Go To The Woods

Wood-noun. plural noun: woods

an area of land, smaller than a forest, that is covered with growing trees.

Scene 6- The mist creeps in over the woods as the camera zooms in on a group of tents. Nearby figures are gathered around a campfire. A sound not too far off in the distance startles the assembled group. “What was that?” asks one of the group.  “Ah probably just an animal” says another. The camera zooms out rapidly to a lone figure seen from behind observing the campers nearby in silence. The music becomes ominous as the figure starts walking towards the campfire…Cut scene.

“I went to the woods because I wished to live deliberately, to front only the essential facts of life, and see if I could not learn what it had to teach, and not, when I came to die, discover that I had not lived.” 
― Henry David Thoreau, Walden

Having spent much of February locked away working on the Lord Franklin series I decided I wanted to go in a vastly different direction for a new post. For starters, writing about the frozen Arctic in the actual winter here in the Northeast was maybe an odd move on my part.  Nevertheless, I was so happy with the results of this collection that you will see it now immortalized at the top of this page as a menu choice in case you missed it the first time around.

I decided on a theme of the woods and forest as a change of pace for a few reasons. First, I have long wanted to feature the handful of photographs I have taken in the woods over the years. It isn’t a normal subject matter for me to be honest. Typically I feel more connected to the water. Second there is something by equal turns fascinating, mysterious and ominous about the woods. I’m sure everyone has seen a horror movie with a scene in the woods such as the fictional one I created above. Third, it is of course spring now, and the trees and flowers are bursting out in full force with each passing day conjuring up the poetical language employed by writers such as Thoreau.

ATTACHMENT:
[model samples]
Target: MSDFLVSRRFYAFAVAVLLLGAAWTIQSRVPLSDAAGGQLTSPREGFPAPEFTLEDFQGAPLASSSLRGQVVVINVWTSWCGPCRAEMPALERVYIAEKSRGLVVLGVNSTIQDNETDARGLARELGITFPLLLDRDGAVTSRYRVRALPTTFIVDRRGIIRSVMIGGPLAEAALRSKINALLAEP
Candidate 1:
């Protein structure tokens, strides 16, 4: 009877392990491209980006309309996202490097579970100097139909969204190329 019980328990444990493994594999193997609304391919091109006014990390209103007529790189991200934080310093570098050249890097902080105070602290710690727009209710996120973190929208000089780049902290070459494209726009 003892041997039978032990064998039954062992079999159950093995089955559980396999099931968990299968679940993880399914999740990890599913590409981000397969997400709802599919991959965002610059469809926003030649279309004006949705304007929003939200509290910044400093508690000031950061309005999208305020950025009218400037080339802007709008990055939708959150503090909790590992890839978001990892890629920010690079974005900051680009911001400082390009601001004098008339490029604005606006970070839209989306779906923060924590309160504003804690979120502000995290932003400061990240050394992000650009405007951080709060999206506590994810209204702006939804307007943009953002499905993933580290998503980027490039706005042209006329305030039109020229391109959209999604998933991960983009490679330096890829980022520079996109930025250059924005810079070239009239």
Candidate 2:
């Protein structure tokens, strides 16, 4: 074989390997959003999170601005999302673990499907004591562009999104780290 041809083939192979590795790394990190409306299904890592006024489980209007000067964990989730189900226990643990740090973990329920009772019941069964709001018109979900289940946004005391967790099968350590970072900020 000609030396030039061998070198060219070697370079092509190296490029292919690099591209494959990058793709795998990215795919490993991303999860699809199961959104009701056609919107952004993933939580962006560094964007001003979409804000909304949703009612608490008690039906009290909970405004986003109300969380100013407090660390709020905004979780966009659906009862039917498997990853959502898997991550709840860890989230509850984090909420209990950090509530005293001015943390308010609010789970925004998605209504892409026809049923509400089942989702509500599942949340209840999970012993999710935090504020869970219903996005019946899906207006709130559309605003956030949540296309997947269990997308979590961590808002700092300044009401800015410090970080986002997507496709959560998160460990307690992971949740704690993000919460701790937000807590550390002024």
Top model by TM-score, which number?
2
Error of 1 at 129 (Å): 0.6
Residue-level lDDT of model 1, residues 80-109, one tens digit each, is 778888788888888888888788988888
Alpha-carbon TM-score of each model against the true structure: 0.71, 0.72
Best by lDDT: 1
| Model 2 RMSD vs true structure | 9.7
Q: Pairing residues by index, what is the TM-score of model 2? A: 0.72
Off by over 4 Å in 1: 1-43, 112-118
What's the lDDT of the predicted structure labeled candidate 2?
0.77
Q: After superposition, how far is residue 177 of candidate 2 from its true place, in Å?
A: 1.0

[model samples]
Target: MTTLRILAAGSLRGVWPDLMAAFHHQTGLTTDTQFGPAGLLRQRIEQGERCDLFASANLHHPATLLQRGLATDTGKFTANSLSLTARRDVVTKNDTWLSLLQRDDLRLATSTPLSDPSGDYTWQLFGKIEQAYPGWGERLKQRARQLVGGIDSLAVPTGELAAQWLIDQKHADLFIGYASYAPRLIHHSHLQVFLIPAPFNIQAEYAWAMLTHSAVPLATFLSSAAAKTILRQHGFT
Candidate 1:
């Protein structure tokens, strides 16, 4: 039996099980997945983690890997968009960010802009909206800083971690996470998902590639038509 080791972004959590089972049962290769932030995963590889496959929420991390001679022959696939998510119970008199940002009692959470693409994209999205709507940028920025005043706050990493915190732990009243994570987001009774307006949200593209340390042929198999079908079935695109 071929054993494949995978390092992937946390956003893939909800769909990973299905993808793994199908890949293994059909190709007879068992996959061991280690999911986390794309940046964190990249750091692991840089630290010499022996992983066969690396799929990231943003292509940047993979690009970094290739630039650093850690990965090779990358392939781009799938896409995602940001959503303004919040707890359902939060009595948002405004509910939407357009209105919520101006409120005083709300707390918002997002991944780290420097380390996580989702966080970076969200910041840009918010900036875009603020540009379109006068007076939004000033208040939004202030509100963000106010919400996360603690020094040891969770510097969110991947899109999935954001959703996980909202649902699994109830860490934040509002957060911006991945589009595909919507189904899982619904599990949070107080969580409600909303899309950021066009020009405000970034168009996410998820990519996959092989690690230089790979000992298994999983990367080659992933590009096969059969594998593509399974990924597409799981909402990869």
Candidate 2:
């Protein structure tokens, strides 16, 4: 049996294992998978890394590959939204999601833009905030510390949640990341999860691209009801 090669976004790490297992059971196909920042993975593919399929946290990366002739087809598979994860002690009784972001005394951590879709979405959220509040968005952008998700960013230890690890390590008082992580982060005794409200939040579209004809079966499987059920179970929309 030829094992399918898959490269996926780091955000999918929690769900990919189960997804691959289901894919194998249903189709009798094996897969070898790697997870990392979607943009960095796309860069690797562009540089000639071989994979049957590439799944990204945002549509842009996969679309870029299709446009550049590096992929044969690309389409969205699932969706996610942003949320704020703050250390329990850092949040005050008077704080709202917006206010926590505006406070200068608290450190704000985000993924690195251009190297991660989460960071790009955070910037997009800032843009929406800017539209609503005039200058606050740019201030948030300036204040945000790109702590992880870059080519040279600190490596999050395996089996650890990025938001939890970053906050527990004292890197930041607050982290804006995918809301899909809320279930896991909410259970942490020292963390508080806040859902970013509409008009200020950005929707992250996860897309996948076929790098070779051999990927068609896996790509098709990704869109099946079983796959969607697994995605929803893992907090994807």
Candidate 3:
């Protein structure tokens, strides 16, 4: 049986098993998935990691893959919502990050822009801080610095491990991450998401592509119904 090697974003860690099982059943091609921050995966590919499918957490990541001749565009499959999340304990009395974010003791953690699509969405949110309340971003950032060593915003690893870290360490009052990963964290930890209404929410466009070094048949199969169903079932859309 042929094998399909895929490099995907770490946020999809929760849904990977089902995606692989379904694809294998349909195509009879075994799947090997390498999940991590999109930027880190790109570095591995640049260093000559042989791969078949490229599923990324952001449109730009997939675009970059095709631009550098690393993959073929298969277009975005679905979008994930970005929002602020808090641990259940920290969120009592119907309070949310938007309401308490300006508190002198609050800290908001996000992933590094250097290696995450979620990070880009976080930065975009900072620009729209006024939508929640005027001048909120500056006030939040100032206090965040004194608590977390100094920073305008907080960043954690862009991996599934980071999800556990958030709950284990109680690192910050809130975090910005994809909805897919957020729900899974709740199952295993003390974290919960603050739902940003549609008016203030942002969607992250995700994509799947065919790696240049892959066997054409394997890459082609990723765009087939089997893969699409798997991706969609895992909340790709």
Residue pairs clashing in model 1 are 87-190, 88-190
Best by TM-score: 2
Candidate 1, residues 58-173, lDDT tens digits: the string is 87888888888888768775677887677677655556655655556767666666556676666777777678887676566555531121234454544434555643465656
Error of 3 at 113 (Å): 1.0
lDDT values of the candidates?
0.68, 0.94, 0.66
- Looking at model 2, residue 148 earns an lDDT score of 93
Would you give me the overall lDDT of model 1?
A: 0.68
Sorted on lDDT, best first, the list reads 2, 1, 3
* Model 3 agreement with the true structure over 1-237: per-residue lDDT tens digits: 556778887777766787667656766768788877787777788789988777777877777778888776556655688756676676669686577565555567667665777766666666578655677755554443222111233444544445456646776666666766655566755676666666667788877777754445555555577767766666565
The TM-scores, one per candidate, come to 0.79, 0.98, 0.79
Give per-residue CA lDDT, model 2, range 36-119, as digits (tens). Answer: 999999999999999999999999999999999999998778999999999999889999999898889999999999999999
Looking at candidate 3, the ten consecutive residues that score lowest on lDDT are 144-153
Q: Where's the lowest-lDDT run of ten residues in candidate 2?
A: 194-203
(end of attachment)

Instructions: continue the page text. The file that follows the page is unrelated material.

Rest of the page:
One thing I find fascinating is the ability of the woods and forest to regenerate. From earthworms churning the ground underneath to birds flitting about or the tiniest sapling sprouting from the ground that may one day turn into a mighty tree, the forest is all about regeneration and renewal year after year. Amazingly after fires and natural catastrophes, recovery often starts at a microscopic level yet gradually takes hold and flourishes. Renewal is a big word for me right now as a result of the broader themes I wrote about in the Lord Franklin series and its short followup piece. But lets leave my own story there and consider some of the other thoughts and images of the woods brought up through the lyrics of the wonderful Dar Williams song ‘Go To The Woods’ instead.